Blessed Josephine of the Purification - 22nd September

During the thirties in the twentieth century, the Church in Spain went through a period of great martydom, when the civil authorities started a systematic persecution that lasted three years and during which time a great number of Christians were killed: laity, religious, priests and bishops. Brethren of the Augustinian family, in these difficult circumstances, also showed great strength of their faith in the face of such harsh persecution, at the hands of their fellow Spaniards.

On 22 September the Augustinian liturgical calendar commemorates Blessed Josephine Masiá. She was born on 10 June 1887 at Algemesí, a small village close to the city of Valencia. Although poor, her family was imbued with the values of a convinced Christian way of life and great attention was given to the children’s education. At a young age she lost her father, and thus the family was guided by the mother, who was also involved in activities of groups doing charitable work. For such work for the benefit of others, it appears that the Lord rewarded her by a number of religious vocations from the family: one of her sons joined the Franciscan Capuchins, whilst five of her daughters entered a contemplative life with closed communities in different monasteries. 

One of these, Maria Josephine a, in response to what she felt in her heart, entered the monastery of Augustinian Recollects at Benigánim, and on 2 February 1905 she wore the Augustinian habit and one year later she made her religious profession. From testimony give by her contemporary nuns, we know that she was a person who had a heartfelt desire to be of service to God in everything, and she used to lay her hands to whatever work was necessary in her monastery. She loved poetry, and from her various writings, we know what love she had for her Bridegroom whom she embraced during her Augustinian monastic life. In the company of Christ, she felt that nothing was difficult. In the spirit of reformation of the Recollects, she always sought a life of certain solitude, with her mind centred on heavenly matters. Nonetheless, she never shunned her duties to her community by bringing up spiritual excuses.

Between 1932 and 1935 she was elected prioress of her monastery. The signs of the times were already showing what was brewing in the hearts of those who wanted to go against Christ’s Church. The nuns started receiving a lot of threats, to the extent that many tried to persuade them to abandon their monastery. Maria Josephine remained in the monastery despite the peril, together with a small group of nuns. This remained so until 1936 when the situation became so desperate and the danger so great that, in those circumstances, the nuns had to leave the convent much against their wishes. Like many other religious who were compelled to abandon their convents, Maria Josephine sought refuge with her mother who greeted her with much love. In the same house there were now gathered, together with their mother, all the sisters who had sought religious life. Thus, their mother’s home was changed into a very particular monastery, with a rhythm of life that resembles that of a monastery. Maria Josephine lived these harsh moments by continuing offering herself as a victim for conversion of sinners and for peace in her native land.

The persecutions became harsher day by day. On 19 October 1936, as it became known that in their house there were a number of clandestine religious, some soldiers from the rebel military came to take them away. They did not offer any resistance! They were prepared for what was likely to happen in the circumstances. The mother did not want in any way to leave alone her female children and so she herself decided to be arrested with them. They remained together for one week, a time which they used to prepare themselves for the solemn moment when they would be called upon to give the greatest witness. In spite of the empty promises that were made to them, they remained strong, giving encouragement to one another. Divine Providence decreed that the day when they were called upon to give their greatest witness fell on the evening of the feast of Christ the King, the 25th of October. After a short journey, they took them down from the truck on which they were transported and, one after the other, they were executed. Although the intention was for the mother to be the first one, she pleaded that they start with her beloved children: “thus, I will die in the knowledge that they remained faithful till the end” she said. Like the mother of seven children in the Book of Macabee, she encouraged them until she saw them on top of one another, lifeless bodies, killed by gunfire. They ended with the execution of the mother, courageous like her children. The bodies of these five martyrs were buried in the convent, transformed into a prison, of Fons Salutis. Later, they were taken with great veneration, to the parish church of St. Pius X at Algemesi.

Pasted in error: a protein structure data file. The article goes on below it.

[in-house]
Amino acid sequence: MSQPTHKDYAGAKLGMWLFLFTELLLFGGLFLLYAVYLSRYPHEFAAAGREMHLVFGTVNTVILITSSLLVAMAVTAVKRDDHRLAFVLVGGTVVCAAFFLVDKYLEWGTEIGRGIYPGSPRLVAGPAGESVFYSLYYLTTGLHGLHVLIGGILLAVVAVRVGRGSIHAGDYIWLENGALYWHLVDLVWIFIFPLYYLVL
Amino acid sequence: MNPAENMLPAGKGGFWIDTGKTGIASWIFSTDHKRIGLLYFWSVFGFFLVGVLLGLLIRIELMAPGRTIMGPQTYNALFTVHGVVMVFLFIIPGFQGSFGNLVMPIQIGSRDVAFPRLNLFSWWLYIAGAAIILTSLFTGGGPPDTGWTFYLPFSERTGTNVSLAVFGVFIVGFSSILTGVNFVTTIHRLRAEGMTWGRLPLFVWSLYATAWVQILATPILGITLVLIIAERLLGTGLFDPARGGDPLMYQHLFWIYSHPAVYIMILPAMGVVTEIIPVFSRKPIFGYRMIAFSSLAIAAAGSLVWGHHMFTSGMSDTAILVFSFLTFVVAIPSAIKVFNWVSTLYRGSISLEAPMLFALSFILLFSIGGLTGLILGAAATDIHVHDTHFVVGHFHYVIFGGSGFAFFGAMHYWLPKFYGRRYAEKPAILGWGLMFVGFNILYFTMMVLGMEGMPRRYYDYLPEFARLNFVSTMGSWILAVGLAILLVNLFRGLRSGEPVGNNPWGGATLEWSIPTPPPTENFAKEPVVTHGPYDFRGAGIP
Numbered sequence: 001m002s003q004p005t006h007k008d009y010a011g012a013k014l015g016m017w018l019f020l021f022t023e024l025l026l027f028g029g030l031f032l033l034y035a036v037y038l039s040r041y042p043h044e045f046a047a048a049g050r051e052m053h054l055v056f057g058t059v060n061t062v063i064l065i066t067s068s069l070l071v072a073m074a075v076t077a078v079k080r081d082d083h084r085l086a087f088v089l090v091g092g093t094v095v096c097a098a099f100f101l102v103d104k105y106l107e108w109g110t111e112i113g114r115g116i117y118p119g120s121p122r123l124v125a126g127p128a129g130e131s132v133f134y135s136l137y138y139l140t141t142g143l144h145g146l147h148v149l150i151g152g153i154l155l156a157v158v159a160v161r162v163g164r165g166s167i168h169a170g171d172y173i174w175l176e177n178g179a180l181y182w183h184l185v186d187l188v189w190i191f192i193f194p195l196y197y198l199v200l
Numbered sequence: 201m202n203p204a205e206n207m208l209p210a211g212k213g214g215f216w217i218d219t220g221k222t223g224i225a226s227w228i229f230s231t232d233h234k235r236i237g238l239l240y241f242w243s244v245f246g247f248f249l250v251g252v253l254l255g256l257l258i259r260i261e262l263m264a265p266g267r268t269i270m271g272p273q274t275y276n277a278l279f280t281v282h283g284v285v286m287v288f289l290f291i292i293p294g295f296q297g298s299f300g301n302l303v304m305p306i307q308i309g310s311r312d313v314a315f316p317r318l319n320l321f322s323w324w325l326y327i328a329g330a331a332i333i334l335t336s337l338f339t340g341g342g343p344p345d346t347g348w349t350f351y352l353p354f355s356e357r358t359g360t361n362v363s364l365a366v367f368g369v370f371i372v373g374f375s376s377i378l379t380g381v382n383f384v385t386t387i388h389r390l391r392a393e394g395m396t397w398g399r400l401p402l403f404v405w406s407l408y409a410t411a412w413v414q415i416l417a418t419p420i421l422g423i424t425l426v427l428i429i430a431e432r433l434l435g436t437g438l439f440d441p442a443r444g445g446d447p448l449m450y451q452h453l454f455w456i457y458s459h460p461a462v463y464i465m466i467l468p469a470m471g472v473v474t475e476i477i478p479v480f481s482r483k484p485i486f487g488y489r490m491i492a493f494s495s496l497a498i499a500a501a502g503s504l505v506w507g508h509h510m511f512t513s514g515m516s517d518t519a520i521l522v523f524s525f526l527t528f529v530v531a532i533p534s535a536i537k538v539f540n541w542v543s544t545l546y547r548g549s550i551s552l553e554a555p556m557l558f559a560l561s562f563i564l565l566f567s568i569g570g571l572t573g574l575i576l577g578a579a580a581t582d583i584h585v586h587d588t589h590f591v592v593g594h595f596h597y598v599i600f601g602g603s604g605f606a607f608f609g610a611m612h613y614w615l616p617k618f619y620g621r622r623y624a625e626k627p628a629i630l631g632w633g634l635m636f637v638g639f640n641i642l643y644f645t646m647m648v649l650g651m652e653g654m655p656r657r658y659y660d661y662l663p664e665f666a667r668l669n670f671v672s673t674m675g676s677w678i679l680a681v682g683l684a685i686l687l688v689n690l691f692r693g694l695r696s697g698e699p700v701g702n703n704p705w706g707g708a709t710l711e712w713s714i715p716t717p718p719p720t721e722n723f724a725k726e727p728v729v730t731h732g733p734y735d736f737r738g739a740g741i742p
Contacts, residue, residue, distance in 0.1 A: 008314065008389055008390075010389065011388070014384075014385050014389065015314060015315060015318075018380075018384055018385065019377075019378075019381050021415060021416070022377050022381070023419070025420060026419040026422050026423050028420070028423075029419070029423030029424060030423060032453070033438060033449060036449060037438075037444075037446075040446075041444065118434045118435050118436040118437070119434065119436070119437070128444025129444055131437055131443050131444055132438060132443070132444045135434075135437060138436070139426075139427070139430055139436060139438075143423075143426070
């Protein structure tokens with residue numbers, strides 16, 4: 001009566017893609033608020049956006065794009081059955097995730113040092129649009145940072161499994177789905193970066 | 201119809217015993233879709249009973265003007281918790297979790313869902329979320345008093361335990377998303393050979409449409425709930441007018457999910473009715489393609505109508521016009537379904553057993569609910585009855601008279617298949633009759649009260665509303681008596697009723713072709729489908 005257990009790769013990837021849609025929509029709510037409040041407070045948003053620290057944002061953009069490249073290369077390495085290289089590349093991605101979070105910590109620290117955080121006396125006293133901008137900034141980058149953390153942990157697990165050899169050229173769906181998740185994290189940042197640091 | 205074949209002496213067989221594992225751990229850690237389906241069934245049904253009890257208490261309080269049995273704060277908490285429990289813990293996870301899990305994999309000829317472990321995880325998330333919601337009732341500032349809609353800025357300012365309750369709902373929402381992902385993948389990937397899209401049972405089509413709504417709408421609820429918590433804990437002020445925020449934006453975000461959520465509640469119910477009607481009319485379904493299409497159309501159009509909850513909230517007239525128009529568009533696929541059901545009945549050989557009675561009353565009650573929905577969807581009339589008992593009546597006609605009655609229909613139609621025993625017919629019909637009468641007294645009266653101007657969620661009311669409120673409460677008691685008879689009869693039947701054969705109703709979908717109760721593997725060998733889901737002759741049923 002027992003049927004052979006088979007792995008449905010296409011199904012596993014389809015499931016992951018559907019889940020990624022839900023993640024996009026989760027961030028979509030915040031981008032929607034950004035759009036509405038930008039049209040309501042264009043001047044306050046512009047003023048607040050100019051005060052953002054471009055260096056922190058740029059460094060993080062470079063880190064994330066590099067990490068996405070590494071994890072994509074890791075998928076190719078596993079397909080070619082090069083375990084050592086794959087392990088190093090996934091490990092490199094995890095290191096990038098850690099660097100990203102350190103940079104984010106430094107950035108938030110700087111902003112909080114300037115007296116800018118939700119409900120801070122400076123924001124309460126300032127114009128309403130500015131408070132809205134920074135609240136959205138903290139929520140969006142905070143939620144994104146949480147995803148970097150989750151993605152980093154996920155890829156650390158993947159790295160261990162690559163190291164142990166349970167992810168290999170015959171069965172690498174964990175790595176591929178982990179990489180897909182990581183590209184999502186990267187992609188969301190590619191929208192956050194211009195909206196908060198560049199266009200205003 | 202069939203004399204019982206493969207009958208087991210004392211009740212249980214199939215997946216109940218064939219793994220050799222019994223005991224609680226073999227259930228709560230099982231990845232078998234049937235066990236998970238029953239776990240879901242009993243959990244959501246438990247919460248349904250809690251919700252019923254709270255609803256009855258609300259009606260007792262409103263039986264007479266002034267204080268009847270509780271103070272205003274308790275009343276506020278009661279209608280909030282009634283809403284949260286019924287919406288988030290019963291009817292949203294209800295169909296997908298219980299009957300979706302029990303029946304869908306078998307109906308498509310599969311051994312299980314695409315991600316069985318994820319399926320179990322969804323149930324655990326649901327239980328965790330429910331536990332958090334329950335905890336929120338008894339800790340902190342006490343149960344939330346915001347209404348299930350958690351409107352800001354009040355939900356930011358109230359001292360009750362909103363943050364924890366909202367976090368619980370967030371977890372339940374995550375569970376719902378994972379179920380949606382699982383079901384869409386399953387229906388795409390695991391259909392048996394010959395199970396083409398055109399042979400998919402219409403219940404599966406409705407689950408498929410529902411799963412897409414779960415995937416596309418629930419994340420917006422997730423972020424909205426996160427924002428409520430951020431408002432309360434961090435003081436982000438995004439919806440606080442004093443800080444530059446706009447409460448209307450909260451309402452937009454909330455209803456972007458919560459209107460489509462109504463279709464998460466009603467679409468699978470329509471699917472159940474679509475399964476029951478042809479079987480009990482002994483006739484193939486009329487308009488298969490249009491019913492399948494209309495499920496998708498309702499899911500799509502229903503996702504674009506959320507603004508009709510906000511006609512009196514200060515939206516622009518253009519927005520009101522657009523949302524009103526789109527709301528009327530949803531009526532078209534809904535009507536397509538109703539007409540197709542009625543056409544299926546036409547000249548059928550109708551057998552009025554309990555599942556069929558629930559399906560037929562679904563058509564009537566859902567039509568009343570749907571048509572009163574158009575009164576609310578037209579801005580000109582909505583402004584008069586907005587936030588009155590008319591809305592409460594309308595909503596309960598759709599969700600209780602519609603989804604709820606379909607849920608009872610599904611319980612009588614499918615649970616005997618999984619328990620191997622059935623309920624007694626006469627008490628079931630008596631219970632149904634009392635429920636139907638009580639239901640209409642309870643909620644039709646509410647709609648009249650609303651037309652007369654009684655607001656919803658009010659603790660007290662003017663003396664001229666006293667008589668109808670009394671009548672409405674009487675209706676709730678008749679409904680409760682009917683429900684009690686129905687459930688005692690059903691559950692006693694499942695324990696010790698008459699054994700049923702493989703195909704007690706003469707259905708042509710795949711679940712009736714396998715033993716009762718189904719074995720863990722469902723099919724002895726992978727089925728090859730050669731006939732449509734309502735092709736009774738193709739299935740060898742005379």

After testimonies were gathered about these martyrdoms, and after the requisite canonical process, Pope St. John Paul II beatified Sr. Maria Josephine and her sisters and mother on 11 March 2001, together with a large number of other martyrs who died in similar circumstances during the Spanish persecution. Blessed Maria Masiá of the Purification, together with her mother and sisters, remain for us witnesses and a continuous invitation for the loyalty that we are to show to the faith we are called upon to cherish daily in our life, driven by a wholesome desire to be with God in eternal life.

 Fr. Josef Sciberras osa

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